The Carpenter as a Philosopher Artist: a Critique of Plato's Theory of Mimesis

Philosophy Pathways 222 (1) (2018)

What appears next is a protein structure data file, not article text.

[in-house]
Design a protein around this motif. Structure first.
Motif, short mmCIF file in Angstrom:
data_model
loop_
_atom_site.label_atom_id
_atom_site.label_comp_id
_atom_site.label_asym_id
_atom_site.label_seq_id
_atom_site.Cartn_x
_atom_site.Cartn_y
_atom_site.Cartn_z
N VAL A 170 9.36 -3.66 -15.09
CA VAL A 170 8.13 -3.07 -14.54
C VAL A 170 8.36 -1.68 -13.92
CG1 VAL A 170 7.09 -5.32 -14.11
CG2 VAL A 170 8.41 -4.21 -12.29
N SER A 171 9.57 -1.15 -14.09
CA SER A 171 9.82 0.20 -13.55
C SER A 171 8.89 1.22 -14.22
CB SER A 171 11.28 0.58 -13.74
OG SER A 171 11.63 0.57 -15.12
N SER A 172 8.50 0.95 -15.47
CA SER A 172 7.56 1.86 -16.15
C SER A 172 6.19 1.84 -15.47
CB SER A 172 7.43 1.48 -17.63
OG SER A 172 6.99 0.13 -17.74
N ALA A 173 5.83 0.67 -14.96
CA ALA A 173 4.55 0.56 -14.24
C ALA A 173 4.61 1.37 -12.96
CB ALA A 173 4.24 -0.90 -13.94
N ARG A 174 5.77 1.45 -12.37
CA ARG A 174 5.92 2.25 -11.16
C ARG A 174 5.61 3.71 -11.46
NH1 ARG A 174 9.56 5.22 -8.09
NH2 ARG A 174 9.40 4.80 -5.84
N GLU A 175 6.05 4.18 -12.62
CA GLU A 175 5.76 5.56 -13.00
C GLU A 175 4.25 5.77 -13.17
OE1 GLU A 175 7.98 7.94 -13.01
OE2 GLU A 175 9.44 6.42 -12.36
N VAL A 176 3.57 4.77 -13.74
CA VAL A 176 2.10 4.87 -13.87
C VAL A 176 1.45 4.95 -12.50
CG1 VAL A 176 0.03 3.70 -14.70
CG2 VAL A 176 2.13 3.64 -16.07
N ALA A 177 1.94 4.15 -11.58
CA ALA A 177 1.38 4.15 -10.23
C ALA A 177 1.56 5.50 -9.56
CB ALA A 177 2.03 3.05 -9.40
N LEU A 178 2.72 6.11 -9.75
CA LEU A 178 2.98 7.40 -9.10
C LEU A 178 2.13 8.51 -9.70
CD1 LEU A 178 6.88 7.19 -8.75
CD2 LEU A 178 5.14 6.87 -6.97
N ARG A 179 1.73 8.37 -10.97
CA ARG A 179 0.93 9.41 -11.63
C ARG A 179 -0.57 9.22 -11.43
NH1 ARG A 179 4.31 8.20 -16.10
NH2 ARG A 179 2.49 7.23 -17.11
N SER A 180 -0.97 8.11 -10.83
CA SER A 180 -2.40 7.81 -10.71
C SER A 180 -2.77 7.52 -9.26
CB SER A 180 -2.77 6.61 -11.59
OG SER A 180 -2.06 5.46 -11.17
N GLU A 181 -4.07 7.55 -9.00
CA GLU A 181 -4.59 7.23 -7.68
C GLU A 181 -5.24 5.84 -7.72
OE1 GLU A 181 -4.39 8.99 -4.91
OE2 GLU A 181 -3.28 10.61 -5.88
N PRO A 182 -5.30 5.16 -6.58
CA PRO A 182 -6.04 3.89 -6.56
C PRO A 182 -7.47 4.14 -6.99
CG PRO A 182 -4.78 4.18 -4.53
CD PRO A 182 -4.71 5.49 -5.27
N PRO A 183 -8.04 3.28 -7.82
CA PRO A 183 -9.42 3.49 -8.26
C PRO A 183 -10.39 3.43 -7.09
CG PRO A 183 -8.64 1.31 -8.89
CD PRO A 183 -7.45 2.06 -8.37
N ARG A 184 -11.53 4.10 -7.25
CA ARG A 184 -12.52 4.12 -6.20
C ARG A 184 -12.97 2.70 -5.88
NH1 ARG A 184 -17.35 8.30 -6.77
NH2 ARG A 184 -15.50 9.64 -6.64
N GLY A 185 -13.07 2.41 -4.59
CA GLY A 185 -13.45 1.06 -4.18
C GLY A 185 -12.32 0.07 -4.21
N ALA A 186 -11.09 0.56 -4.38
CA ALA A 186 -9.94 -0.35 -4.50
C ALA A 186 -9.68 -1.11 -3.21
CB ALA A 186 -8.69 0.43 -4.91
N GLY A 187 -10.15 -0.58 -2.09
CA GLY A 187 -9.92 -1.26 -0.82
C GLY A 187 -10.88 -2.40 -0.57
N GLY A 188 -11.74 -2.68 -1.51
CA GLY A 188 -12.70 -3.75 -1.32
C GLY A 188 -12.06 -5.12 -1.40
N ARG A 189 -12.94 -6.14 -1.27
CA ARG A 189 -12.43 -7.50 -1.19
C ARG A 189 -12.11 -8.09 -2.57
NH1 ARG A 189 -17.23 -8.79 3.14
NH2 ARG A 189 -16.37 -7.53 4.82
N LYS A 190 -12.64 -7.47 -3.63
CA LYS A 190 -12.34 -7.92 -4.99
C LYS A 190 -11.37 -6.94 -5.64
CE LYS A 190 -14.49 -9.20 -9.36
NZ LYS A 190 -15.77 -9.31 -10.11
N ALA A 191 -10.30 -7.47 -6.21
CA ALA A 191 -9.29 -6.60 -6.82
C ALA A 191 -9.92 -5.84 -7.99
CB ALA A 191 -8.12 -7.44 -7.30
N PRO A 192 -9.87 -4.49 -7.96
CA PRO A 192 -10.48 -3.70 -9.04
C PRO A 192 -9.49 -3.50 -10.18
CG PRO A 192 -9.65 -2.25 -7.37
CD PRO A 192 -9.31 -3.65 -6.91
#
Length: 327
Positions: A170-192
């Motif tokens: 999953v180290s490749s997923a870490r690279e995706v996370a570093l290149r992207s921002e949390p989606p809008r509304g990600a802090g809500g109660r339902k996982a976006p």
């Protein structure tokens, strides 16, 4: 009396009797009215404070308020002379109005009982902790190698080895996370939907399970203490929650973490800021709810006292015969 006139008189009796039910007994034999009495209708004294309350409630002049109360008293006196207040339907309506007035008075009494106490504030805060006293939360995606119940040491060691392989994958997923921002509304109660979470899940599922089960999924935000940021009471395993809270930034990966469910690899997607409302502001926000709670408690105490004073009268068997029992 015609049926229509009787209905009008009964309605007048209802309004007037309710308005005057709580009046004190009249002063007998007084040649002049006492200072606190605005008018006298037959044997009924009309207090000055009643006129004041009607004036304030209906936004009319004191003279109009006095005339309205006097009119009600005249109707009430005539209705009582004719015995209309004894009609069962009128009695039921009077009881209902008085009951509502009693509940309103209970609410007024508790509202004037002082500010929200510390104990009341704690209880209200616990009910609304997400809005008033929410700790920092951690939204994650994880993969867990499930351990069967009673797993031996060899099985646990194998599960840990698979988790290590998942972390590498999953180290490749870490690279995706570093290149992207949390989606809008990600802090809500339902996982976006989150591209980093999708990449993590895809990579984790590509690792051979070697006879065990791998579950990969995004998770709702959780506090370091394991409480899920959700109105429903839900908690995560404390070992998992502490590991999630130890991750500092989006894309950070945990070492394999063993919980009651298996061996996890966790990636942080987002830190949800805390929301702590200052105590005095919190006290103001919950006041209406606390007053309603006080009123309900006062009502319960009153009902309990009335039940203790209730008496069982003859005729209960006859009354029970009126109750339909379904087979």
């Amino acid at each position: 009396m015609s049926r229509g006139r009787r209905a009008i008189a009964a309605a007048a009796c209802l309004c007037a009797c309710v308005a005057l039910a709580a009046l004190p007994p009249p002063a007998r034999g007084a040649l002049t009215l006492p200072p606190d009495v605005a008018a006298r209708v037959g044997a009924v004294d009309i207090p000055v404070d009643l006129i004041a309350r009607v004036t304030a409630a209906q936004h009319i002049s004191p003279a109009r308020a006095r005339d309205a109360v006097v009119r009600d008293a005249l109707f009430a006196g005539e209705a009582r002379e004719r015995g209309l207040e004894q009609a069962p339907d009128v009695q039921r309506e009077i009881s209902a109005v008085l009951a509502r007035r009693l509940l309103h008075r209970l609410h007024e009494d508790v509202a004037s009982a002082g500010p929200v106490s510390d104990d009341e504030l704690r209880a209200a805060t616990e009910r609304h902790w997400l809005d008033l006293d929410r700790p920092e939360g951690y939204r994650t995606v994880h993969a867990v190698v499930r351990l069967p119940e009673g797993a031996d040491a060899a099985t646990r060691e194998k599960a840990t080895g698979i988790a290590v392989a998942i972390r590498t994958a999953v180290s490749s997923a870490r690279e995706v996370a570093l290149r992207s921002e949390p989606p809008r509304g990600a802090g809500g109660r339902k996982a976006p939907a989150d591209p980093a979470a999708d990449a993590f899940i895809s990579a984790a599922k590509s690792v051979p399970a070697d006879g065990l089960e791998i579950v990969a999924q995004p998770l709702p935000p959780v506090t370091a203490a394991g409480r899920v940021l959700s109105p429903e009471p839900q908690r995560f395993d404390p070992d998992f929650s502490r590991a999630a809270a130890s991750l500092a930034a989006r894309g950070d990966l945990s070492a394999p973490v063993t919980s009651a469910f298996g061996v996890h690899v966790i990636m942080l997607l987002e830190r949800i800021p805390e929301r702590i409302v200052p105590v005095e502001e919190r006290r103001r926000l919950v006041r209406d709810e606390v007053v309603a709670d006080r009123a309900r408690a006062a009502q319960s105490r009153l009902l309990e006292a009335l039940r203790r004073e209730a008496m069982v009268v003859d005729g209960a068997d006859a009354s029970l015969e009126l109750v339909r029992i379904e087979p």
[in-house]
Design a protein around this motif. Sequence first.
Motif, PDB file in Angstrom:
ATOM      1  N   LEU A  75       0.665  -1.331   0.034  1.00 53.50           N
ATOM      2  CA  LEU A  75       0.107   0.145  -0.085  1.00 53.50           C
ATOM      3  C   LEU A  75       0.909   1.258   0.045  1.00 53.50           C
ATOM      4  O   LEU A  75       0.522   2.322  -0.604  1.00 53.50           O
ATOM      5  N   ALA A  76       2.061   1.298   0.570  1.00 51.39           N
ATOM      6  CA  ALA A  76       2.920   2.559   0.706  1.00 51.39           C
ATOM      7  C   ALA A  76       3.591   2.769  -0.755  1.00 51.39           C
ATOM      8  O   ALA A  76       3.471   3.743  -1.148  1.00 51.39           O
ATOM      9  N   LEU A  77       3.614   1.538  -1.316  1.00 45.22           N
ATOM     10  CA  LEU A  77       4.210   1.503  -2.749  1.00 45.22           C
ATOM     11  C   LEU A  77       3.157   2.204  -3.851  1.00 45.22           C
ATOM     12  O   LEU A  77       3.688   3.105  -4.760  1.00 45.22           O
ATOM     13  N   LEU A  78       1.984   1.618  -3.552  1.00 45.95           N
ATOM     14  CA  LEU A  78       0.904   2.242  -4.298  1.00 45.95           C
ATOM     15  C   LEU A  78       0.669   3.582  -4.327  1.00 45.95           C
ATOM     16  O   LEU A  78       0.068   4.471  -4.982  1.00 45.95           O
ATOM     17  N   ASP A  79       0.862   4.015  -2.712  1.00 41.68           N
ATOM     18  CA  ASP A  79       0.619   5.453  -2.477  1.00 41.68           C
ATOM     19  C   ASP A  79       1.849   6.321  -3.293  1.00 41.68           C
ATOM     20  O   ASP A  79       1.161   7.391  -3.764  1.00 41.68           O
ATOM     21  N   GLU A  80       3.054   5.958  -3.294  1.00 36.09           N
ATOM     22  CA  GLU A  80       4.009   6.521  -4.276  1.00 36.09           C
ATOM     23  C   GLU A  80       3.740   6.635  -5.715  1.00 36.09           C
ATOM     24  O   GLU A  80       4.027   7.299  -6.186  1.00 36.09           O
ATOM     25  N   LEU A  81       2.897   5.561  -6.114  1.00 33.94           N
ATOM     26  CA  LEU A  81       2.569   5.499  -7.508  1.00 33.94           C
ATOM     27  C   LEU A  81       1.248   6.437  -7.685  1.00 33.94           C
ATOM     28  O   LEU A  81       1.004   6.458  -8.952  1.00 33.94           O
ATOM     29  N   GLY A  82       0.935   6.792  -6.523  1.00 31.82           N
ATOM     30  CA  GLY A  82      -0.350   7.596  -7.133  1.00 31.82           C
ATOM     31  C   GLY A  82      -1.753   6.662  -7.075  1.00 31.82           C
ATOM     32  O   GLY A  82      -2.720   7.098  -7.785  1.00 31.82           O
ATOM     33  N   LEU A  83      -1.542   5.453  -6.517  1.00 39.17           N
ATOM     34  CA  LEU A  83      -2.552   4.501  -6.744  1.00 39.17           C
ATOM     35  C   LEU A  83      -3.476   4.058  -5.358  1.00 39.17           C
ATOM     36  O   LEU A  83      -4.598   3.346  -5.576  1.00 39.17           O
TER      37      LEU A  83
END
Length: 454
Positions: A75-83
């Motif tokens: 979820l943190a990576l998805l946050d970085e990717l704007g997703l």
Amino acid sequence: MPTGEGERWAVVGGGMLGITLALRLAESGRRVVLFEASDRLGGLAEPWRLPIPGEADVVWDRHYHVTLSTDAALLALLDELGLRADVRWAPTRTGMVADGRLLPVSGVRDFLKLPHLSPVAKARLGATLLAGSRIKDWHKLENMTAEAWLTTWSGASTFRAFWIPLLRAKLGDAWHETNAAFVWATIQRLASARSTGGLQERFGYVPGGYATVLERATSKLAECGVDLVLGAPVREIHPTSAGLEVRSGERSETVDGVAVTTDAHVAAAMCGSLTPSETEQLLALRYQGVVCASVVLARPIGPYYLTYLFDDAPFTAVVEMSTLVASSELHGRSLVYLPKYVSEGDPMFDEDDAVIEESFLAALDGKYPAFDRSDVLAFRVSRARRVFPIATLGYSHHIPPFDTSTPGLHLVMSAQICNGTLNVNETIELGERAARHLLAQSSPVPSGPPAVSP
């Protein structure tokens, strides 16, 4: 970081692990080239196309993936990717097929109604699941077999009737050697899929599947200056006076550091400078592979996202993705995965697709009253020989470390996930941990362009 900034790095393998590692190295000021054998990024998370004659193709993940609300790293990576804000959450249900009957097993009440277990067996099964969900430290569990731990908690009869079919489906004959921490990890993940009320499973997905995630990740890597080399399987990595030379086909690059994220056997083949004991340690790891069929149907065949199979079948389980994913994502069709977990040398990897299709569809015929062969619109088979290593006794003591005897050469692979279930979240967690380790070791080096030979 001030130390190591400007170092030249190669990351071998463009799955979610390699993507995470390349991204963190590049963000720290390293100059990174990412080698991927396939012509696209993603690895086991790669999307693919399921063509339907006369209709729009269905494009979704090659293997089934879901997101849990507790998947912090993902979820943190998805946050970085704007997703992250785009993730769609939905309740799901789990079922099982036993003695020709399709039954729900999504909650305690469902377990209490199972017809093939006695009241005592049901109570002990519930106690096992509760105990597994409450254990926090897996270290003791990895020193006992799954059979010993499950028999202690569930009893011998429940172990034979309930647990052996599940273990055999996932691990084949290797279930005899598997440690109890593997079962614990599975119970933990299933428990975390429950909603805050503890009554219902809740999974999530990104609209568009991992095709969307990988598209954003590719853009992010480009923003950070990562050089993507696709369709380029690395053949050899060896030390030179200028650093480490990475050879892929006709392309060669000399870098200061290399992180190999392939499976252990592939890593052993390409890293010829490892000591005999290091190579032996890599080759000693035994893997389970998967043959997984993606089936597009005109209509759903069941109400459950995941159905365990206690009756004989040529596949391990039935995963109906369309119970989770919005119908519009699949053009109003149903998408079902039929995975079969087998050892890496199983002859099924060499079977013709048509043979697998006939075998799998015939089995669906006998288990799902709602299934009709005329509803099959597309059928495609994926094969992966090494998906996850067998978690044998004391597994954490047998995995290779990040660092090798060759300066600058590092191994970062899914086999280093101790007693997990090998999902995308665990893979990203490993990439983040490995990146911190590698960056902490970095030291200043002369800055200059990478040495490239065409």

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Plato’s theory of mimesis is expressed clearly and mainly in Plato’s Republic where he refers to his philosophy of Ideas in his definition of art, by arguing that all arts are imitative in nature. Reality according to him lies with the Idea, and the Form one confronts in this tangible world is a copy of that universal everlasting Idea. He poses that a carpenter’s chair is the result of the idea of chair in his mind, the created chair is once removed from reality and since a painter’s chair is imitation of a carpenter’s chair, it is twice removed from reality. Thus, the artist deals in illusion. Plato thus rejected imitative art on the foundation that it is a copy or imitation of the unreal. We may ask; if the Carpenter makes a chair, what does he imitate? And if he imitates reality, can we call him an artist of a kind? This article therefore argues following Plato’s analogy that carpentry is an art of a kind and a carpenter is capable of knowing reality as against the notion that only philosophers are suitable for such a task
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